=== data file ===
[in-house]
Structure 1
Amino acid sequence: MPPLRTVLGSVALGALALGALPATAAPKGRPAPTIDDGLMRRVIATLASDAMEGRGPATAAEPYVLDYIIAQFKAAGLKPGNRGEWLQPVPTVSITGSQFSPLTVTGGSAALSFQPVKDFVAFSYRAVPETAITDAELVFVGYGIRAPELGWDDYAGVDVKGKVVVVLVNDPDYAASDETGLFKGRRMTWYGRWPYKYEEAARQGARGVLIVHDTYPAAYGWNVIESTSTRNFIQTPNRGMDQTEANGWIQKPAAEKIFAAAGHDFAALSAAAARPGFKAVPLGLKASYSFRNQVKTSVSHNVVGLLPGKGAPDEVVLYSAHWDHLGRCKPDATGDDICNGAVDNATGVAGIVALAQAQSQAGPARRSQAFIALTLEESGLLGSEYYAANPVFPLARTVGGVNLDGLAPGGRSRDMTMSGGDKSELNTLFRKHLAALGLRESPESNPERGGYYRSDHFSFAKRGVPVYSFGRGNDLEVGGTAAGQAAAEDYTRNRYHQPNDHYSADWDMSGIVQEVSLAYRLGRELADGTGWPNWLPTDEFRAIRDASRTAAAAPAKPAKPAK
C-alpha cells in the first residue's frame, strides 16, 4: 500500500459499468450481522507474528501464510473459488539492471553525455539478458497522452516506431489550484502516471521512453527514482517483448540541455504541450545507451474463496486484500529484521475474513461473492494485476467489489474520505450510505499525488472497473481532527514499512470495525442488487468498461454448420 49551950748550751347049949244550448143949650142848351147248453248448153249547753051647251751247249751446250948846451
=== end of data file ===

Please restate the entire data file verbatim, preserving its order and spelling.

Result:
[in-house]
Structure 1
Amino acid sequence: MPPLRTVLGSVALGALALGALPATAAPKGRPAPTIDDGLMRRVIATLASDAMEGRGPATAAEPYVLDYIIAQFKAAGLKPGNRGEWLQPVPTVSITGSQFSPLTVTGGSAALSFQPVKDFVAFSYRAVPETAITDAELVFVGYGIRAPELGWDDYAGVDVKGKVVVVLVNDPDYAASDETGLFKGRRMTWYGRWPYKYEEAARQGARGVLIVHDTYPAAYGWNVIESTSTRNFIQTPNRGMDQTEANGWIQKPAAEKIFAAAGHDFAALSAAAARPGFKAVPLGLKASYSFRNQVKTSVSHNVVGLLPGKGAPDEVVLYSAHWDHLGRCKPDATGDDICNGAVDNATGVAGIVALAQAQSQAGPARRSQAFIALTLEESGLLGSEYYAANPVFPLARTVGGVNLDGLAPGGRSRDMTMSGGDKSELNTLFRKHLAALGLRESPESNPERGGYYRSDHFSFAKRGVPVYSFGRGNDLEVGGTAAGQAAAEDYTRNRYHQPNDHYSADWDMSGIVQEVSLAYRLGRELADGTGWPNWLPTDEFRAIRDASRTAAAAPAKPAKPAK
C-alpha cells in the first residue's frame, strides 16, 4: 500500500459499468450481522507474528501464510473459488539492471553525455539478458497522452516506431489550484502516471521512453527514482517483448540541455504541450545507451474463496486484500529484521475474513461473492494485476467489489474520505450510505499525488472497473481532527514499512470495525442488487468498461454448420 49551950748550751347049949244550448143949650142848351147248453248448153249547753051647251751247249751446250948846451